2. The client populates the login form and clicks submit.
  3. An AJAX request gets the current timestamp from the server.
  4. Client side script concatenates the credentials, the timestamp and a salt (hashed from analog data eg. mouse movements, key press events), encrypts it using the public key.
  5. Submits the resulting hash.
  6. Server decrypts the hash
  7. Checks if the timestamp is recent enough (allows a short 5-10 second window only). Rejects the login if the timestamp is too old.
  8. Stores the hash for 20 seconds. Rejects the same hash for login during this interval.
  9. Authenticates the user.

So this way the password is protected and the same authentication hash cannot be replayed.

About the security of the session token. That's a bit harder. But it's possible to make reusing a stolen session token a bit harder.

  1. The server sets an extra session cookie which contains a random string.
  2. The browser sends back this cookie on the next request.
  3. The server checks the value in the cookie, if it's different then it destroys the session, otherwise all is okay.
  4. The server sets the cookie again with different text.

So if the session token got stolen, and a request is sent up by someone else, then on the original user's next request the session will be destroyed. So if the user actively browsing the site, clicking on links often, then the thief won't go far with the stolen token. This scheme can be fortified by requiring another authentication for the sensitive operations (like account deletion).

About the implementation: RSA is probably to most known algorithm, but it's quite slow for long keys. I don't know how fast a PHP or Javascript implementation of would be. But probably there are a faster algorithms.

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In this case is the password really protected? Couldn't someone sniff out what is sent and decrypt it using the public key and then just update the timestamp when they use it later? Am I missing something? –  michaellindahl Mar 28 at 21:23

HTTPS is so powerful because it uses asymmetric cryptography. This type of cryptography not only allows you to create an encrypted tunnel but you can verify that you are talking to the right person, and not a hacker.

Here is Java source code which uses the asymmetric cipher RSA (used by PGP) to communicate: http://www.hushmail.com/services/downloads/

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You can use a challenge response scheme. Say the the client and server both know a secret S. Then the server can be sure that the client knows the password (without giving it away) by:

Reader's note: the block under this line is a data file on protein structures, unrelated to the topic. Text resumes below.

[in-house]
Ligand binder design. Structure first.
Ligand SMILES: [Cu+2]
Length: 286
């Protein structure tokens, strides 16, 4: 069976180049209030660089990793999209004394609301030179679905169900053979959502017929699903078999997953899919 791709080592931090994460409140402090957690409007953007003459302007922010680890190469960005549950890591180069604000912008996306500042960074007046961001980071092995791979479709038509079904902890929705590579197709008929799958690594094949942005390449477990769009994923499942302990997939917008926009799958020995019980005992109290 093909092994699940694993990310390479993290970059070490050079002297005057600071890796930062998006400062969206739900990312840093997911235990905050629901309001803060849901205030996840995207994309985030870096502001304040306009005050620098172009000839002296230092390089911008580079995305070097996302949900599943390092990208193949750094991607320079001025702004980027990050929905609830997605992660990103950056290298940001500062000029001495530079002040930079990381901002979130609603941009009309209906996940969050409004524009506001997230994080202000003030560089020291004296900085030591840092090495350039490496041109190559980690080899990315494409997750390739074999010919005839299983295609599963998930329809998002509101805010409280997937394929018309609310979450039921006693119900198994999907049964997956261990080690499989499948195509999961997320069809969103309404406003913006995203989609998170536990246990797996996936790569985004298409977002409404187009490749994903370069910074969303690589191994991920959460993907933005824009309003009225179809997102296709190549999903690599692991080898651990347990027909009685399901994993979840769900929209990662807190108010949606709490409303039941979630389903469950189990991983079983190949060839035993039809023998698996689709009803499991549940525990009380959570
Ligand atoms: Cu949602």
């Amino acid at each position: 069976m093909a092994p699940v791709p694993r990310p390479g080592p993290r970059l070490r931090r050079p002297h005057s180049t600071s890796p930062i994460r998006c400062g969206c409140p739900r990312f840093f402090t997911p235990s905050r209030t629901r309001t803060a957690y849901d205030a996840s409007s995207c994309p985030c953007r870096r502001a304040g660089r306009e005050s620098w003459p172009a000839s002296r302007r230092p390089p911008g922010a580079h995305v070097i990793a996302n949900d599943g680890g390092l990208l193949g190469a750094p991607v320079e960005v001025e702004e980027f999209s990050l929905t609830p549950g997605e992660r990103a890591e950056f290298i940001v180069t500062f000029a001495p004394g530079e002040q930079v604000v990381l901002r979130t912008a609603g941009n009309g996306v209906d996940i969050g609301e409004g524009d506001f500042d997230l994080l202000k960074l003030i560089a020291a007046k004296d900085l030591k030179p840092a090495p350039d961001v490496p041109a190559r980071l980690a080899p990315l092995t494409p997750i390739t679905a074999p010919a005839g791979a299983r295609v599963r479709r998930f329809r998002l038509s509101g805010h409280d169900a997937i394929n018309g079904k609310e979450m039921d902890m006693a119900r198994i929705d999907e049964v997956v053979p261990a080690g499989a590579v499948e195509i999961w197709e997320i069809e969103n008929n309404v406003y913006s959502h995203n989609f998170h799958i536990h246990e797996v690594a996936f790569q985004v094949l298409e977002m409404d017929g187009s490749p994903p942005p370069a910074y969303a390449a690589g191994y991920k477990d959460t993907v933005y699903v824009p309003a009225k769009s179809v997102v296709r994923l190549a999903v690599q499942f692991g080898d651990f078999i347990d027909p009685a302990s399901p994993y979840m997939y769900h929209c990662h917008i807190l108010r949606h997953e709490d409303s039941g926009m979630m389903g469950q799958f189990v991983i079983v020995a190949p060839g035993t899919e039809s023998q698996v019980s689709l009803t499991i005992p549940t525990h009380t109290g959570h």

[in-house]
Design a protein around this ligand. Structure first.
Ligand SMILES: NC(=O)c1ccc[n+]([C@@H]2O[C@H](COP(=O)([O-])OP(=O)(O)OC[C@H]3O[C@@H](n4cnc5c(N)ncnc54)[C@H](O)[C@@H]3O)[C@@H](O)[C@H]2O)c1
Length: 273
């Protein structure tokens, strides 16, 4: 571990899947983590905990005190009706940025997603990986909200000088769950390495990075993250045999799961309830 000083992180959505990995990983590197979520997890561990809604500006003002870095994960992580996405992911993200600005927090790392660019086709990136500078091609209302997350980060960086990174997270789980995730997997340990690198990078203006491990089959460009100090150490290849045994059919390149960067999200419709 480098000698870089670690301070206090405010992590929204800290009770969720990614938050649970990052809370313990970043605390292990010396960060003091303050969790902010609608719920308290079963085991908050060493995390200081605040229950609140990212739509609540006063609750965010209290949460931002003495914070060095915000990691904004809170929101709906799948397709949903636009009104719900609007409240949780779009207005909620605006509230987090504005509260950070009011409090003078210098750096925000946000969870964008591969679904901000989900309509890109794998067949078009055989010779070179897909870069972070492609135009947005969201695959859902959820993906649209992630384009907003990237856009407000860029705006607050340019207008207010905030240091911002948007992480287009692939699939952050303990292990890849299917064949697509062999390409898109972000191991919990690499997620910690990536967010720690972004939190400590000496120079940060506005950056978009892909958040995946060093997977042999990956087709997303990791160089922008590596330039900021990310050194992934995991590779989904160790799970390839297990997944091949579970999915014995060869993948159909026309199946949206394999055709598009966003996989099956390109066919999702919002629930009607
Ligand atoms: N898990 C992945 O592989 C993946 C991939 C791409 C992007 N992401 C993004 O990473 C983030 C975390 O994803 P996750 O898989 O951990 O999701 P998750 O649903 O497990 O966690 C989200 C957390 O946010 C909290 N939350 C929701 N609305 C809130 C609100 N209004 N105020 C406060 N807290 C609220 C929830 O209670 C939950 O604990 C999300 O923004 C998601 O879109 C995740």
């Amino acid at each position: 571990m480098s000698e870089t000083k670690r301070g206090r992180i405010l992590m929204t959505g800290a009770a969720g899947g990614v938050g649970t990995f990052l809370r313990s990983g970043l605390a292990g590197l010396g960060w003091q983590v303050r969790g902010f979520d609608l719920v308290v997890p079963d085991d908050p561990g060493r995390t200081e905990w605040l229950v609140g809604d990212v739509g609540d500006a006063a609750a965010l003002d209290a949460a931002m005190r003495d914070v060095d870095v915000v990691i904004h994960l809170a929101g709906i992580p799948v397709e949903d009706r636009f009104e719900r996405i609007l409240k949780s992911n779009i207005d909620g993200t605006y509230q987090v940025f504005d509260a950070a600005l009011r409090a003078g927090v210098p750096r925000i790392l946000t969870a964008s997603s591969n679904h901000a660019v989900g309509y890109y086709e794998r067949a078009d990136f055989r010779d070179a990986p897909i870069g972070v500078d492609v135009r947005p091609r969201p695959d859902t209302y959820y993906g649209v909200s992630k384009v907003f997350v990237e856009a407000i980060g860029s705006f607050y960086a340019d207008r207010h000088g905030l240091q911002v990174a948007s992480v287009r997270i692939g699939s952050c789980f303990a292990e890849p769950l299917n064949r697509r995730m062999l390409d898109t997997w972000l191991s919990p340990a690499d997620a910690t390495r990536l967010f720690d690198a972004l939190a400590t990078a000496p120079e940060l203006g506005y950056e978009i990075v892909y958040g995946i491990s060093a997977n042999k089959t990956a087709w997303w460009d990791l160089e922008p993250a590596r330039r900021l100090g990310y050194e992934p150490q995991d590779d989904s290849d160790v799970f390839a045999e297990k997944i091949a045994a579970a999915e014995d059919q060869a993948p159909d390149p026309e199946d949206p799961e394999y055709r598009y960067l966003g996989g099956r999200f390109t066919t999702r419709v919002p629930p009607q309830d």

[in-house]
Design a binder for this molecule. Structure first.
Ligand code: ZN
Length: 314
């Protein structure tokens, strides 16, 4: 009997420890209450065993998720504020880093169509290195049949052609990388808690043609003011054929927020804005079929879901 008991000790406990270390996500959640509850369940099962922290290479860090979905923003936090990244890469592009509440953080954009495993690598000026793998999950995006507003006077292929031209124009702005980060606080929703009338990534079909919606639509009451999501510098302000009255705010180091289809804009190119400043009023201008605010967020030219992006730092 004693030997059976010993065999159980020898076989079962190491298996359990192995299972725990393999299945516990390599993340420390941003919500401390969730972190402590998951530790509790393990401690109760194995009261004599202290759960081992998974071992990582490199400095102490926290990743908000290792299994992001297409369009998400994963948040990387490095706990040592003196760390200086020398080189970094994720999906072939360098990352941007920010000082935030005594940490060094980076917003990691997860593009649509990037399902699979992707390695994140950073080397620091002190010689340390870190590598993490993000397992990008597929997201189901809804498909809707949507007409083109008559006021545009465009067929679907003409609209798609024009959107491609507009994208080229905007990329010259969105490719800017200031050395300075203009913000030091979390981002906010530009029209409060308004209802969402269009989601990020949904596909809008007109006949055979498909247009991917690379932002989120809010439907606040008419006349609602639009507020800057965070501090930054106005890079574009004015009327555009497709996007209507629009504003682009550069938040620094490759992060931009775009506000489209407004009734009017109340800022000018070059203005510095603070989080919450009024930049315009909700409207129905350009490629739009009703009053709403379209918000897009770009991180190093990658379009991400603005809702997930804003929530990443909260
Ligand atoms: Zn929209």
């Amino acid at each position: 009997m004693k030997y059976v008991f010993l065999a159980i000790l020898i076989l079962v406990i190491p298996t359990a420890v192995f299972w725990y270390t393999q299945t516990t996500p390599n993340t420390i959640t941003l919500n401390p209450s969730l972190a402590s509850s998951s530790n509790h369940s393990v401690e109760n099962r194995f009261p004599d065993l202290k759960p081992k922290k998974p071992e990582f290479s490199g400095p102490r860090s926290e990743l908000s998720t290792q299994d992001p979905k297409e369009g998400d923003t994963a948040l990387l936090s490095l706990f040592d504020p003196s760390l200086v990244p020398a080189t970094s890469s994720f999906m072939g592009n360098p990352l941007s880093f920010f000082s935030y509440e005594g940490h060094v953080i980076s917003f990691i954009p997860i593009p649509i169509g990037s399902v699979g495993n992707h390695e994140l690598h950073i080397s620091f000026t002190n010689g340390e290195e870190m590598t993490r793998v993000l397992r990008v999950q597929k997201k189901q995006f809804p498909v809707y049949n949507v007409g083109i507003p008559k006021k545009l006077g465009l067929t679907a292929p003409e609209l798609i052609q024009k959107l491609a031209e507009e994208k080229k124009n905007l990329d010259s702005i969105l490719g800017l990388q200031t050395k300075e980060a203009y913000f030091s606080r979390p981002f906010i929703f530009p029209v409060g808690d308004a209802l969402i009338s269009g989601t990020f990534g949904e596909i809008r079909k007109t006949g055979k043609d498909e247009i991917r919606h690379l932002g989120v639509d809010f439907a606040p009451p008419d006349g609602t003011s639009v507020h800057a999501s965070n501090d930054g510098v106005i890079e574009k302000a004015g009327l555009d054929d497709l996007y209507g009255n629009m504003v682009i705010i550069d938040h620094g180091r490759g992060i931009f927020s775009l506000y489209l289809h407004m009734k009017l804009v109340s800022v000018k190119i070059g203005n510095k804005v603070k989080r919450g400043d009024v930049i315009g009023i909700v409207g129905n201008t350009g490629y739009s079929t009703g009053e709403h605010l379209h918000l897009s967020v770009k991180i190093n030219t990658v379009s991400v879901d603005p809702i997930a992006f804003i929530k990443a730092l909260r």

1. Server sends a random number, R, to client.
  2. Client sends H(R,S) back to the server (where H is a cryptographic hash function, like SHA-256)
  3. Server computes H(R,S) and compares it to the client's response. If they match, the server knows the client knows the password.

Edit:

There is an issue here with the freshness of R and the fact that HTTP is stateless. This can be handled by having the server create a secret, call it Q, that only the server knows. Then the protocol goes like this:

  1. Server generates random number R. It then sends to the client H(R,Q) (which cannot be forged by the client).
  2. Client sends R, H(R,Q), and computes H(R,S) and sends all of it back to the server (where H is a cryptographic hash function, like SHA-256)
  3. Server computes H(R,S) and compares it to the client's response. Then it takes R and computes (again) H(R,Q). If the client's version of H(R,Q) and H(R,S) match the server's re-computation, the server deems the client authenticated.

To note, since H(R,Q) cannot be forged by the client, H(R,Q) acts as a cookie (and could therefore be implemented actually as a cookie).

Another Edit:

The previous edit to the protocol is incorrect as anyone who has observed H(R,Q) seems to be able to replay it with the correct hash. The server has to remember which R's are no longer fresh. I'm CW'ing this answer so you guys can edit away at this and work out something good.

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+1 - you'll need to compute the response on the client side with javascript (or Flash/Silverlight/etc.) –  orip Oct 17 '09 at 18:42
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Doesn't stop man in the middle or impersonation attacks. E.g. through wifi. Seems like this will just give a false sense of security, IMO. –  Tom Hawtin - tackline Oct 17 '09 at 18:55
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That protects against passive attacks, but a Man in the Middle can still attack. –  Douglas Leeder Oct 17 '09 at 18:56
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Also it requires the server to know the original password. –  Douglas Leeder Oct 17 '09 at 18:57
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Wrong, wrong, wrong, wrong, wrong –  Mike Graham Jul 6 at 13:41